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BASE Jumping: The World's Most Dangerous Sport

05/14/2014 12:30 EDT | Updated 07/14/2014 05:59 EDT
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Risk management is key in one of the world's most dangerous sports

You don't have to look far to find BASE jumping in the news these days. Recently, four men were charged in relation to a jump from One World Trade Center, an adventure captured in a viral video. But thrilling tales of adventure seem to overpower those of danger. In February, a newlywed BASE-jumped to her death in Utah's Zion National Park, when her parachute failed to open as her new husband looked on. And now comes the confirmation that a BASE jumping legend met his end in March, while jumping near the same spot.

Sean "Stanley" Leary was 39 and about to become a father when his body was found in his BASE jumping gear, 300 feet beneath a ridge inside the park. It is believed he clipped a rock wall mid-flight, the Los Angeles Times reports. Making the story even more tragic, Leary had taken up the extreme sport after Brazilian climber Roberta Nunes died in his arms after a car accident in 2006. "Right before she died she made him promise her that he would keep pursuing adventure," a friend of Leary's told the San Francisco Chronicle.

That pursuit became Leary's passion for BASE jumping -- which stands for Buildings, Antenna, Spans, and Earth, all elements jumpers use as their launch pad, sometimes wearing wingsuits that allow them to soar before a parachute catches them up. "There's a second of absolute freedom. You're floating in the air. It's just magic when the wingsuit pops open and inflates and you start to take off," Leary once described on video -- now an eerie look inside his head. In describing a jump landing, he noted, "You're like 'Thank God the parachute opened,' which it always does."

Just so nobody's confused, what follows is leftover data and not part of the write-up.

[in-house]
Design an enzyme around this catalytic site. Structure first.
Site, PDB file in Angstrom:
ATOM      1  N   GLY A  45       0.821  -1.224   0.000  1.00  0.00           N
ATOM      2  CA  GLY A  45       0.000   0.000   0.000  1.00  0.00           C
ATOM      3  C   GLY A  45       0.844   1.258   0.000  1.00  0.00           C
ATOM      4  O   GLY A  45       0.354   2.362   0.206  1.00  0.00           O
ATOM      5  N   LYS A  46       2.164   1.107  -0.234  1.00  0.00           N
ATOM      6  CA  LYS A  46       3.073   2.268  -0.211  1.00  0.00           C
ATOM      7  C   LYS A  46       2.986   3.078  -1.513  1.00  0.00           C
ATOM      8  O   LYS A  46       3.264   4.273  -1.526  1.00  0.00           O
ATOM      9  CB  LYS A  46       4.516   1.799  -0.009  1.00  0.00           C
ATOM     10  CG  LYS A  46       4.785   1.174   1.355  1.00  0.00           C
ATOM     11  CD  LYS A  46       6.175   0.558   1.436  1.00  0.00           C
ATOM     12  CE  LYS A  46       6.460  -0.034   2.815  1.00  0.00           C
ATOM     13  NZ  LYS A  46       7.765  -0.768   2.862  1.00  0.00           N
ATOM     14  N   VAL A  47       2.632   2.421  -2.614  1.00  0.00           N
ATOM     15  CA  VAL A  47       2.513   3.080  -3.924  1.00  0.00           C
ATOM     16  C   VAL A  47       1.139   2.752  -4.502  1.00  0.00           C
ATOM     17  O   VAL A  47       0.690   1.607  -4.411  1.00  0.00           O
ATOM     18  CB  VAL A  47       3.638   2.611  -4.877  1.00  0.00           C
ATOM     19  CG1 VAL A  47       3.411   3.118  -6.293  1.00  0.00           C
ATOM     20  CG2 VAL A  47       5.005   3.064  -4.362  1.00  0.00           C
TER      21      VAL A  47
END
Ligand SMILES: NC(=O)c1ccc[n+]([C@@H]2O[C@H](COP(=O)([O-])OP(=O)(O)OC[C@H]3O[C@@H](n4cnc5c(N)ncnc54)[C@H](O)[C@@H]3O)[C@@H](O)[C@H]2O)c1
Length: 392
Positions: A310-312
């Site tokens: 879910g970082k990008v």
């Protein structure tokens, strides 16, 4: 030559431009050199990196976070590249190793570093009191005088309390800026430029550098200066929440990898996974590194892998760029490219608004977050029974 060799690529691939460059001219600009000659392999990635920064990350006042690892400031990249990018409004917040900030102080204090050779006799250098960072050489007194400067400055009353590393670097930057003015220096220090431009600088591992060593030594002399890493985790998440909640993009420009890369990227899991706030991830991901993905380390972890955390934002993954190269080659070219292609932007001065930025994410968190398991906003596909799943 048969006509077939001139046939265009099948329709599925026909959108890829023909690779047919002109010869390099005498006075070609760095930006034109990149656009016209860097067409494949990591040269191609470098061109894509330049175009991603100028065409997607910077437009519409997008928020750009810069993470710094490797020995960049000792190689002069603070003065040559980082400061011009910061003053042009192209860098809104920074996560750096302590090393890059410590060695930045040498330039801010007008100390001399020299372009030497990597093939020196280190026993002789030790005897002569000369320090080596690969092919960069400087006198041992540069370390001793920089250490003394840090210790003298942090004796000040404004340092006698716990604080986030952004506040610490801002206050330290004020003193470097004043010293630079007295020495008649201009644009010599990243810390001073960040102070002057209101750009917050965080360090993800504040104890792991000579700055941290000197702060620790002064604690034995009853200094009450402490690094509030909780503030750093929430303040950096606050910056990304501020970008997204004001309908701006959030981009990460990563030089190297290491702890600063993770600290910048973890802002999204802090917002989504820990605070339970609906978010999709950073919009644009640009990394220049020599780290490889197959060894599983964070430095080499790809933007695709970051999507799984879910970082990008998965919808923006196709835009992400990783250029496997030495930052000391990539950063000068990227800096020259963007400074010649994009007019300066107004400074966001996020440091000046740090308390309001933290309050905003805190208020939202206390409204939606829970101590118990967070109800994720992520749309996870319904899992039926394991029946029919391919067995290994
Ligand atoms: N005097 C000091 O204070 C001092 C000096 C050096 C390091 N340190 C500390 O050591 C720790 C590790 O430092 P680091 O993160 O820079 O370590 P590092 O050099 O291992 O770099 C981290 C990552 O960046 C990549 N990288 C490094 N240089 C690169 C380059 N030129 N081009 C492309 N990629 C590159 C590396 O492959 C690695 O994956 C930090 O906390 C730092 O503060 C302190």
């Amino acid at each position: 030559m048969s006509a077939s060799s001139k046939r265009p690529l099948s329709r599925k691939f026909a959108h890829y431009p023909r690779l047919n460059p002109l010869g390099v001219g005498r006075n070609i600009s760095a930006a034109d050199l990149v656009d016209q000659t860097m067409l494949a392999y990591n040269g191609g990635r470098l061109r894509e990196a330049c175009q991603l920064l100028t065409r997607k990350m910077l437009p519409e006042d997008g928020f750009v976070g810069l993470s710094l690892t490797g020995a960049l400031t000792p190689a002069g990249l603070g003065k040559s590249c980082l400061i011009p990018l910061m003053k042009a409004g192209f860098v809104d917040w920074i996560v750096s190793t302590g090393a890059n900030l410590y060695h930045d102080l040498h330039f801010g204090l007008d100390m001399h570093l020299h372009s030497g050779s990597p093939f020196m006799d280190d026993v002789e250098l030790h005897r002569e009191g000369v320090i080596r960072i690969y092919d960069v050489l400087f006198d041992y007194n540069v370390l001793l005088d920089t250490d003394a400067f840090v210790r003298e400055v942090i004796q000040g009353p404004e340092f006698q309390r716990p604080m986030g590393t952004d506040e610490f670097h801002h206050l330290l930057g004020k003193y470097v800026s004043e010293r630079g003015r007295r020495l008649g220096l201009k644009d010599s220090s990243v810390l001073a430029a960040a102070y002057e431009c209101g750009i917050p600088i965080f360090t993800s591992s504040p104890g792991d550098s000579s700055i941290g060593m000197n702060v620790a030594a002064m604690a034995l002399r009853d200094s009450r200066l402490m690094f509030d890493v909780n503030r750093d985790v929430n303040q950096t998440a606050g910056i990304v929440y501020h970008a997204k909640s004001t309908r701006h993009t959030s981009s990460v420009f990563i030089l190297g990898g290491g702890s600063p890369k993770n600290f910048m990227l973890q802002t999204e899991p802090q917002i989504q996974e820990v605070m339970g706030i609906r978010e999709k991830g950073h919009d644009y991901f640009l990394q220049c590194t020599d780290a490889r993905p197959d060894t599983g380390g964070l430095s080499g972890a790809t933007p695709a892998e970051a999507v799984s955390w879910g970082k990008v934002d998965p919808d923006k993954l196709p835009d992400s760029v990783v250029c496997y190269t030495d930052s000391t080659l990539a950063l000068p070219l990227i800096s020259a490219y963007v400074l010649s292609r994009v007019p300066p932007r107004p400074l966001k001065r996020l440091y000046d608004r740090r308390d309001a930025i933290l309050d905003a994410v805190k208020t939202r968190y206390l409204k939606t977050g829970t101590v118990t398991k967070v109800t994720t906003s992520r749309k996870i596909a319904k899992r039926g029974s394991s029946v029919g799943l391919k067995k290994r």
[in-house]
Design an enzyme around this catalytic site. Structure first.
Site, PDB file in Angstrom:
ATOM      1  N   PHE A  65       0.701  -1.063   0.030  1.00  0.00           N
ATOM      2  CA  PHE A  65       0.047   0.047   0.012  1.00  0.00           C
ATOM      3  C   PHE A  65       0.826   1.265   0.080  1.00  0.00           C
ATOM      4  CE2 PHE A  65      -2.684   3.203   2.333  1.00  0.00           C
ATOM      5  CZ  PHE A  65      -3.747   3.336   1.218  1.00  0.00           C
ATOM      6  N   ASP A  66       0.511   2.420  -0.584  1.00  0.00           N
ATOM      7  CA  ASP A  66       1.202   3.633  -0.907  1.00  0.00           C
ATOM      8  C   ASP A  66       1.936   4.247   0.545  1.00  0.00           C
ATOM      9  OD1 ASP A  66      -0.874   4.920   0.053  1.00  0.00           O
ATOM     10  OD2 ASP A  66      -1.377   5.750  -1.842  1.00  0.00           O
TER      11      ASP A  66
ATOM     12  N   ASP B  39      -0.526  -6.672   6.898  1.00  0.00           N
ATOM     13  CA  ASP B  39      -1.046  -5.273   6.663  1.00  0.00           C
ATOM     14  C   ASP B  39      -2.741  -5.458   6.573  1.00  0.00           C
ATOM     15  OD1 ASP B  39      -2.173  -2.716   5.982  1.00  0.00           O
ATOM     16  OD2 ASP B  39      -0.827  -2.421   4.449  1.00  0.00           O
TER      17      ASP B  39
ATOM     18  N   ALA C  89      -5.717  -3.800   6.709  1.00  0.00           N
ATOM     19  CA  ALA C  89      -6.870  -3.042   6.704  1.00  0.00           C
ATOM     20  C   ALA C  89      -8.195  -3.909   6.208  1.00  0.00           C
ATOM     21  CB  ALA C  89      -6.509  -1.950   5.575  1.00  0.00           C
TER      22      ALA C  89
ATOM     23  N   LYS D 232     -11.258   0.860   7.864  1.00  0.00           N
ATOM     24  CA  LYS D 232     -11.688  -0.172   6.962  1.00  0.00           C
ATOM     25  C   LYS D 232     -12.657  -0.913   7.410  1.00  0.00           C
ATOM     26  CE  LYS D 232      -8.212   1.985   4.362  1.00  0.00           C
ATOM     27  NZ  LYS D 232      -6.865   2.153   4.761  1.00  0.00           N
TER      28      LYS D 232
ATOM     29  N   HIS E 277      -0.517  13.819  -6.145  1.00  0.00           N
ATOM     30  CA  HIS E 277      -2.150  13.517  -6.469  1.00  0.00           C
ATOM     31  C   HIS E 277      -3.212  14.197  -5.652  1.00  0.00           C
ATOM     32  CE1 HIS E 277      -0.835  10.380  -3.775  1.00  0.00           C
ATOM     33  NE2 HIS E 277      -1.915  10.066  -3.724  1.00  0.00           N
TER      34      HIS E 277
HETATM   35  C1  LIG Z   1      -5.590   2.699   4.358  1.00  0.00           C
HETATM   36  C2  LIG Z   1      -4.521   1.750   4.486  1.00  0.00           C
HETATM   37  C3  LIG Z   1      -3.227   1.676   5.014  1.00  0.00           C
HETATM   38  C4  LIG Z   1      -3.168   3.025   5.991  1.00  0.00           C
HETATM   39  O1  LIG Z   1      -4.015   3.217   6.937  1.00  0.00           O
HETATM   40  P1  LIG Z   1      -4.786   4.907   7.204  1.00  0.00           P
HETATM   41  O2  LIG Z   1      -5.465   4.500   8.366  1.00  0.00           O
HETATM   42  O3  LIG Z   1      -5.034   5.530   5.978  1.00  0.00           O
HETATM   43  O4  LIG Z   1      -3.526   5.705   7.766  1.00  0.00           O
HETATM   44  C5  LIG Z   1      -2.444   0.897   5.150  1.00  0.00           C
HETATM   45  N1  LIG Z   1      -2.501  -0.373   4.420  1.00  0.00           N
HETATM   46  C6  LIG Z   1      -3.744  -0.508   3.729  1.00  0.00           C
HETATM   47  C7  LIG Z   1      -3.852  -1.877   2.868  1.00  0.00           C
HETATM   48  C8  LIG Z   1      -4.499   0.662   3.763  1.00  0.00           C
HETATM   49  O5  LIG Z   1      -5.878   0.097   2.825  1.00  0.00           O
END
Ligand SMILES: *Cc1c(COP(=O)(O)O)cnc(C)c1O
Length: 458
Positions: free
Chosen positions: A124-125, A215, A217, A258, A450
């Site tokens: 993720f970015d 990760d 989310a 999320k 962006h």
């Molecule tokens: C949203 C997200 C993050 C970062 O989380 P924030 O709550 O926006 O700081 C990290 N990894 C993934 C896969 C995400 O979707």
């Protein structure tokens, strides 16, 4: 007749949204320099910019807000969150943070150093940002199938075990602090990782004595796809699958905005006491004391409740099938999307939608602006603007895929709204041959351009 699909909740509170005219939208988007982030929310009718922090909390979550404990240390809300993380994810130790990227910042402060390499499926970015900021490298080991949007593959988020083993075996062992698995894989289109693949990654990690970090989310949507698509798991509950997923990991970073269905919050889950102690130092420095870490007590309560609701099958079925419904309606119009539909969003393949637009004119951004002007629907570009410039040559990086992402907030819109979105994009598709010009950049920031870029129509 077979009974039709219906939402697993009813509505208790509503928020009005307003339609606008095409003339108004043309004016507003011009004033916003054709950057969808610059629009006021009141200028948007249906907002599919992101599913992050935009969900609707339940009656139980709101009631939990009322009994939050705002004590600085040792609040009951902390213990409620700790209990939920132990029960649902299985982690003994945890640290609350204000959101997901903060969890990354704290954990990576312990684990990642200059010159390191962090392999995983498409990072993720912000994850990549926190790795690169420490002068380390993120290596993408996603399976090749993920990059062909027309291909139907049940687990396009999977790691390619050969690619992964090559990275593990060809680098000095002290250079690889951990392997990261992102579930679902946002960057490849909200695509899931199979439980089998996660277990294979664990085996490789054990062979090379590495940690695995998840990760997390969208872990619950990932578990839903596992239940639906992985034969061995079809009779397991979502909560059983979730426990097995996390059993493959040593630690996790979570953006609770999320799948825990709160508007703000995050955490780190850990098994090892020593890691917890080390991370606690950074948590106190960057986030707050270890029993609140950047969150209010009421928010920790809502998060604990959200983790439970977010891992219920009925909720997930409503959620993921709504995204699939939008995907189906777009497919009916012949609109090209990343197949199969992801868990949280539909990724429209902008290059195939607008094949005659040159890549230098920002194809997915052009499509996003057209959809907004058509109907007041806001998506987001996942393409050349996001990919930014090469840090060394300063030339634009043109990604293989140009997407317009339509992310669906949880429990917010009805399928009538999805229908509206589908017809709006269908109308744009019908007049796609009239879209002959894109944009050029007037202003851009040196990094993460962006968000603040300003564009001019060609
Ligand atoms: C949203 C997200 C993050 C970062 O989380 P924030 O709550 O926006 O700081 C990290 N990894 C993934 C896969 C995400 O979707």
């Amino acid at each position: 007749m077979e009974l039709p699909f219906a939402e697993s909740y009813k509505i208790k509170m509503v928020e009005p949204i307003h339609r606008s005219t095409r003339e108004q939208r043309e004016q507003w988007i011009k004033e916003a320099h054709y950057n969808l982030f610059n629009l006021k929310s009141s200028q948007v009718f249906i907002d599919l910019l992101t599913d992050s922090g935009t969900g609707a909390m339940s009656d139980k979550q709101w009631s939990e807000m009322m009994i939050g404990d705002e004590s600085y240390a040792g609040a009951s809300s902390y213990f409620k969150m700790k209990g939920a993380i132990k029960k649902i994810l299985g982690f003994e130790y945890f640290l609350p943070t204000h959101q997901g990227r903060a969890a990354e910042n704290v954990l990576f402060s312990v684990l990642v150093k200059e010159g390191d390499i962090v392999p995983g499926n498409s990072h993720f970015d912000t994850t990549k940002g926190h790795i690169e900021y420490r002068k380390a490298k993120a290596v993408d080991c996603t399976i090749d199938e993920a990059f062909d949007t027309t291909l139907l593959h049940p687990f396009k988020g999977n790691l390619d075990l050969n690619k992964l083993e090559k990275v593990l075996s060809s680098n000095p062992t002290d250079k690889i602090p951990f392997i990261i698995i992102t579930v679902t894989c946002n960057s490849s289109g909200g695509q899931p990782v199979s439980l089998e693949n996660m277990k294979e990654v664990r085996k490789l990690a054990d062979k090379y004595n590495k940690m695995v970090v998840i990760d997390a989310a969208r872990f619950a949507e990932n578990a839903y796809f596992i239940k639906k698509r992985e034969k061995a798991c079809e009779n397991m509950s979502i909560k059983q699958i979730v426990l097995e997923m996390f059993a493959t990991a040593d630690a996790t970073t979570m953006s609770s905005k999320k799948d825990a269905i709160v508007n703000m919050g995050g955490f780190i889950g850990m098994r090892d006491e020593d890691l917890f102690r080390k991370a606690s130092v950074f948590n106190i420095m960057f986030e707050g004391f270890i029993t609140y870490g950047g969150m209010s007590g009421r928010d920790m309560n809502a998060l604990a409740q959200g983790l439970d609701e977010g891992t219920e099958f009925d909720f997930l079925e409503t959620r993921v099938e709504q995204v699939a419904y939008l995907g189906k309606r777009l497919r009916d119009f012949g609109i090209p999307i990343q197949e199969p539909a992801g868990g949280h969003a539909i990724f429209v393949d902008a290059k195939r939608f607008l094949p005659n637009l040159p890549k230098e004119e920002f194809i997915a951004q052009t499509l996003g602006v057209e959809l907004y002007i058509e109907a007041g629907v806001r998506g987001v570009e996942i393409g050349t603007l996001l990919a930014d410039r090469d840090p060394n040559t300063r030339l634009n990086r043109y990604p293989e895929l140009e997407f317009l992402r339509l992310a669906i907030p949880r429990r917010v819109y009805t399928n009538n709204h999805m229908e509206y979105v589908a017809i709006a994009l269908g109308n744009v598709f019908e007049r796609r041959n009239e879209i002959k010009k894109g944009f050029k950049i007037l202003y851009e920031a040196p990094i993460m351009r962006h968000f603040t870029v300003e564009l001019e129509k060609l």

The dangers of BASE jumping are well-known, and deaths are hardly rare. It seems a quick Google search will turn up at least several each week. But as Ed Caesar wrote for the New York Times last year, the "modesty, caution, patience" of veteran jumpers is slowly "being eroded by this new generation of wingsuit pilots, stimulated by speed and YouTube hits." After the death of a veteran jumper, Hervé le Gallou, in 2012, one jumper told Caesar, "many old-timers retired. They gave me different reasons, but the point is that they all told me Hervé's death was the bell ringing the end of the game."

At least 26 people have died BASE jumping in the last year alone, according to Blinc magazine's BASE Fatality List. To put that in perspective, the list records a total of 229 deaths in the sport since 1981.

If you do decide to try out a jump, or at least read up on it, you'll actually find jumpers advise you against it. For example, Matt Gerdes' Great Book of BASE notes the sport "is probably the deadliest and most dangerous sport in existence. It is so dangerous that we actually don't recommend that you do it. In fact, we honestly think it's a bad idea. We also think it's probably the most fun that a human being can have."

Clearly some daredevils are not deterred. Take Australian doctor Glenn Singleman, an avid BASE jumper who in 1992 held the record for the highest jump. "Extreme sport creates risk, but most of it is in your face and obvious, it can be managed," he told New Zealand's Dominion Post. "I think there are parallels around managing risk in adventure and in medicine. In a hospital it's about managing someone else's risk; in adventure it's about managing your own."

As for James Brady, one of the jumpers who took off from One World Trade Center last September and now faces charges, "Everybody has their thing. This is our thing," he told Good Morning America. "We were thinking that very clearly that everything was working out for us to make a clean safe jump."

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